TimesUnion.com: Working boards, books

Posted on 12.01.2012 | By: Mark Singelais | View original article here

Ngozi Anosike, a Nigerian immigrant, raised eight children as a single mother.

She’s a registered nurse who worked during the day at a nursing home. Then, after coming home, she fixed dinner and helped her children with their homework before getting a few hours’ sleep and heading to the overnight shift at a psychiatric facility, all to provide for her family in their four-bedroom apartment in a Staten Island housing project.

The second-youngest of her children, a son named Oderah, is still influenced years later by her tenacity and self-sacrifice.

“Just how much she worked when she got here,” he said. “The circumstances weren’t great, but she always persevered through it and was able to give a better life for me and my brothers and sisters.”

Inspired by his mother and taught to play basketball by an older sister, Anosike pursued that brighter future to Siena College.

Anosike, better known to Saints fans by his nickname of “O.D.”, is a 6-foot-8 senior forward who’s one of the most fearsome rebounders in all of college basketball.

He led all NCAA Division I players in the country with 12.5 rebounds per game last season; this season, he’s threatening to defend his title with a nation-best 14.1 per contest entering Saturday’s game against the University at Albany.

He said his approach to the game — and life — is best described by his first name, given by his mother. Oderah is Nigerian for “Whatever God has written can never be taken away.”

“I think it fits me well,” Anosike said. “I’m a persistent person, one that continues to work. I fall down, but I’m able to get back up.”

Anosike, an economics major, holds a cumulative grade-point average of 3.24, including 3.7 as a junior. He’s nominated for the Senior CLASS Award, a national honor given to a senior who excels in the community, classroom, character and competition.

He looks the part of a scholar by wearing glasses, which he admits aren’t prescription. “I think they’re more for style, maybe more to enhance my studious look,” Anosike said with a laugh.

Ngozi Anosike said she and her husband, Ben, put a premium on education. Ben holds a Ph.D. in economics and taught at New York Technical College.

“Education is very, very important to me and to the father,” Ngozi said. “He wanted the children to have the potential to be the best they can be.”

However, Ben Anosike left the family when O.D. was 13 months old. Although O.D. acknowledges he still has a relationship with his father, Ngozi was the one who kept the children together and put O.D. through Saint Peter’s Boys High School, a Catholic institution on Staten Island.

O.D. Anosike described his upbringing as lower middle class in the West Brighton public housing projects, a collection of brick buildings in an impoverished section of the borough. “It definitely had its ups and downs,” he said.

Rotanna, one of his sisters, recalled Christmas being a difficult time. She lied to friends about the presents she hadn’t received because money was tight.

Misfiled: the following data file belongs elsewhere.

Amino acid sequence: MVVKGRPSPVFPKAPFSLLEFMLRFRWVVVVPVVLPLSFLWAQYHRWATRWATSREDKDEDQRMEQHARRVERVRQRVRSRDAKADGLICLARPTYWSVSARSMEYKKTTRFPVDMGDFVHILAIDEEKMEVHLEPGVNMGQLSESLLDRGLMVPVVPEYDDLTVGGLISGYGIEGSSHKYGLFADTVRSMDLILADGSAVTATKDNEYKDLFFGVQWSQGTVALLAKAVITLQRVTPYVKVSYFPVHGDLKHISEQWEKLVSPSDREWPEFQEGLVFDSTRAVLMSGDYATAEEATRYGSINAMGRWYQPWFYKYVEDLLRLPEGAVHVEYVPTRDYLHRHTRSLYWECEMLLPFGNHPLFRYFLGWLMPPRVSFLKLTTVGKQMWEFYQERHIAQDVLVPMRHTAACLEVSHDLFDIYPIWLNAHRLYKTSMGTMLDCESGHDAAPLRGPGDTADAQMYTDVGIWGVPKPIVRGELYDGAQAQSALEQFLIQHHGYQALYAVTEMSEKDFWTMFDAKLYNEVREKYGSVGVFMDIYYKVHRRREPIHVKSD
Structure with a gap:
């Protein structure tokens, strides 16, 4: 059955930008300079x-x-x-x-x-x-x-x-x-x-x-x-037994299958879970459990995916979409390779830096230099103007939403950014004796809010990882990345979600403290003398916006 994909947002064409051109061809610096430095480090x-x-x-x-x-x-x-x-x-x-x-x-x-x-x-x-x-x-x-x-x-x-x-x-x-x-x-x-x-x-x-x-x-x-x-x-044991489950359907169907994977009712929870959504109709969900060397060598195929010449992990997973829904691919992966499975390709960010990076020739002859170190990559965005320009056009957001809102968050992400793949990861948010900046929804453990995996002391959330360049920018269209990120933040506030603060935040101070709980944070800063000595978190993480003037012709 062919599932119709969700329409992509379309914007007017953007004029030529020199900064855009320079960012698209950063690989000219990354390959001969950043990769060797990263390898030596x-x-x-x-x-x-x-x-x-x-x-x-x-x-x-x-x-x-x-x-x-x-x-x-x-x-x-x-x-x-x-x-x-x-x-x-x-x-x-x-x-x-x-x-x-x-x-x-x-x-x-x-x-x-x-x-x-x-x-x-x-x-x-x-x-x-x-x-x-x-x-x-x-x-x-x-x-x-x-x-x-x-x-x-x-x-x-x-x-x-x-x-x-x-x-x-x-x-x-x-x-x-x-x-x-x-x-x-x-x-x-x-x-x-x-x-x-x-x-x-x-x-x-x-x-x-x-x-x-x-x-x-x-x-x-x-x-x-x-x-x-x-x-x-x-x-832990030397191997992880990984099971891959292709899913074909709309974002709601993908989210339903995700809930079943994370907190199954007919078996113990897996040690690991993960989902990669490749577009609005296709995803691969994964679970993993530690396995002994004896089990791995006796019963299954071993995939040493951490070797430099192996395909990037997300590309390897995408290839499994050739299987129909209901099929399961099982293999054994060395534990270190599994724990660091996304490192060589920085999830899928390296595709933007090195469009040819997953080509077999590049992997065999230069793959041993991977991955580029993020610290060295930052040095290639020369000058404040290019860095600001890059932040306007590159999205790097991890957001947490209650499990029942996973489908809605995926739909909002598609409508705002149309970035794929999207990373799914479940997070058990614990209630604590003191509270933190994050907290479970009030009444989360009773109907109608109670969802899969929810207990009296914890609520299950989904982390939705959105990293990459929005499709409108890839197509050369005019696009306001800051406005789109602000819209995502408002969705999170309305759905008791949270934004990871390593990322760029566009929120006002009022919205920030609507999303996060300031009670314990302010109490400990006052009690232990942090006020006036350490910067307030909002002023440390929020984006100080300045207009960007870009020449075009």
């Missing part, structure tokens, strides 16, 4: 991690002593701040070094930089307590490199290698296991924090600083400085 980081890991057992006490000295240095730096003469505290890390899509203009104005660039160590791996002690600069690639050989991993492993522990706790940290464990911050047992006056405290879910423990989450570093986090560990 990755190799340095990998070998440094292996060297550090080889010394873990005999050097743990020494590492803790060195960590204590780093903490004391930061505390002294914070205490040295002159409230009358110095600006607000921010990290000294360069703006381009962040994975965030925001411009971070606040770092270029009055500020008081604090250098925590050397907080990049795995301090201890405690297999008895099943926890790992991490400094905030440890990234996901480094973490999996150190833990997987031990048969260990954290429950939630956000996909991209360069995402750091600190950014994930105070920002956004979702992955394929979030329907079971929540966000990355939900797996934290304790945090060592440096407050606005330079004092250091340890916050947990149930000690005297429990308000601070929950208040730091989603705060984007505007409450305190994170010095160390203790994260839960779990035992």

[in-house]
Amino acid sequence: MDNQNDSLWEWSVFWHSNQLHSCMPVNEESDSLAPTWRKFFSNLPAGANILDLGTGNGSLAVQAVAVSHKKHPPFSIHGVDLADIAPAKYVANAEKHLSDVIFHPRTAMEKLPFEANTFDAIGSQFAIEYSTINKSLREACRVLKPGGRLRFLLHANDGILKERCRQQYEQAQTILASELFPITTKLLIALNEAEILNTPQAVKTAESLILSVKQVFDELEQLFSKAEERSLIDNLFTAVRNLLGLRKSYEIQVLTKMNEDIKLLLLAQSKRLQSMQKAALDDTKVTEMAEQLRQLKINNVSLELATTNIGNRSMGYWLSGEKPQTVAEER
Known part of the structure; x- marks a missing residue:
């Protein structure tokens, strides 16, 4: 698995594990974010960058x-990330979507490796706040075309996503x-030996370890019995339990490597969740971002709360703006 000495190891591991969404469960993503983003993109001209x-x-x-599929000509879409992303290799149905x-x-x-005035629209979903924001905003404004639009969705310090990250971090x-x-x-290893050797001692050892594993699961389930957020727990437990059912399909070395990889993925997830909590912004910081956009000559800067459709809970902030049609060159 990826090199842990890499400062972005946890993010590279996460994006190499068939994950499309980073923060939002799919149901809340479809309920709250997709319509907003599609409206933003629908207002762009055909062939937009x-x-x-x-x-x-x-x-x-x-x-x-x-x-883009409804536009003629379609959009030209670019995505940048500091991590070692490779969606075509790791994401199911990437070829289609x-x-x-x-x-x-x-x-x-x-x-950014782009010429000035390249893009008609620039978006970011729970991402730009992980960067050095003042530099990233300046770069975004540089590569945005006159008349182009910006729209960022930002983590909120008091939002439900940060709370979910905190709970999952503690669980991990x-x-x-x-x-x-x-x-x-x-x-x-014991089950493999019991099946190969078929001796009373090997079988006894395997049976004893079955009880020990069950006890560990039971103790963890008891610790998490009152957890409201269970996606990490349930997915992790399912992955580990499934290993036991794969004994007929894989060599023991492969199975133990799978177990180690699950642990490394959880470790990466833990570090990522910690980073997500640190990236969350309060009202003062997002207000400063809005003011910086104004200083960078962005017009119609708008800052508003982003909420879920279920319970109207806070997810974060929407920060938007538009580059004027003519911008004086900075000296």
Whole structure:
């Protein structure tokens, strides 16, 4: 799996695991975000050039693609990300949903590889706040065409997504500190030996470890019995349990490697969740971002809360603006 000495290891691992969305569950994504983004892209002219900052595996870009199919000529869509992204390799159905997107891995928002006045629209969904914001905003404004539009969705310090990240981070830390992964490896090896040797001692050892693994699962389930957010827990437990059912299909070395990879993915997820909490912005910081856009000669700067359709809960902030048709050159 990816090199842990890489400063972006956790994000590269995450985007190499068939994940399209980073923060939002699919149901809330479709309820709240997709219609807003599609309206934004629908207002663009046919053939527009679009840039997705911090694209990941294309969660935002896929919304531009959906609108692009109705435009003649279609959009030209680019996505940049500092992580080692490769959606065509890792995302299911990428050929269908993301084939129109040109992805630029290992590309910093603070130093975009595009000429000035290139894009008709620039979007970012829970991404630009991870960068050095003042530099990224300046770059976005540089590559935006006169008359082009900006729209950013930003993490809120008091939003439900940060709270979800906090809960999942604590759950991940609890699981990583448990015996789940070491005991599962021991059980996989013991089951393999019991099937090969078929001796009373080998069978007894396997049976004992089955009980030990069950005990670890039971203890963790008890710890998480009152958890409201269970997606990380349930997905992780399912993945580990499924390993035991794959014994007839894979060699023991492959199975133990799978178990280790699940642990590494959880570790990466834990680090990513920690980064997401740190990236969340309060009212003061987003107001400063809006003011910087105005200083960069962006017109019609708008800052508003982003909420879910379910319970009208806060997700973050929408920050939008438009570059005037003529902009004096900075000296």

The girls in the family kept a close eye on O.D. Rotanna got on him about his grades. “He is my sweetheart,” said Rotanna, now a doctor in Pennsylvania. “O.D. was not only shaped by his environment, he was also shaped by having four older sisters.”

Another sister, Nicky, was a superb basketball player who went on to win two national championships at the University of Tennessee.

Nicky, who’s five years older, took O.D. to a park on Staten Island and taught him the basics. “I think my sister was the perfect coach for me because we had such a close bond,” he said. “She could tell me something without me getting upset. I looked up to her so much … tough love.”

Nicky said she didn’t teach her brother basketball as much as she showed him who was in charge.
“I’d just overpower him and would never turn down a chance to play against him,” Nicky said. “The last time I played against him was the summer of 2006 at a little park in Staten Island where I was working at a camp. Let’s just say I’m still undefeated and don’t plan on playing against him anymore.”

Nicky plays for the WNBA’s L.A. Sparks during the summer and a professional team in Turkey during the winter. They still communicate once a week.

Watching his sister’s heavy recruitment first convinced O.D. Anosike that he could someday play college basketball.

He starred at Saint Peter’s, staying at the school even after his mother moved to East Orange, N.J., before he entered the eighth grade. Sometimes Anosike made the two-hour commute to school. Other times, he slept over at the home of Saint Peter’s coach Charlie Driscoll.

“He was a pleasure to stay with us,” Driscoll said. “Very responsible young man. A lot of character. Seventh out of eight (kids), and single mom for the most part, and she taught him to be responsible. He did a lot of things on his own.”

Driscoll helped Anosike sift through the 38 Division I scholarship offers he received, though none from what would be considered “big-time” programs.

Anosike admits he wasn’t physically mature enough, weighing only 200 pounds when he graduated high school.

“I wasn’t ready to play on that level,” he said. “I needed time, and that’s what Siena gave me.”

He was intrigued by Siena as soon as he received a phone call from Saints assistant coach Mitch Buonaguro, now the head coach, in April of his junior year of high school.

It also influenced him that Ryan Rossiter, another Staten Island native, had preceded him to Siena and become a star.

He said he loves the family atmosphere at Siena, perhaps similar to growing up in that crowded apartment in Staten Island. He was struck from the minute he stepped on campus by how strangers held doors open for him.

“Siena was at the top of my list from day one,” he said. “It’s just a great atmosphere. I love the neighborhood, the people, and it’s really taught me a lot.”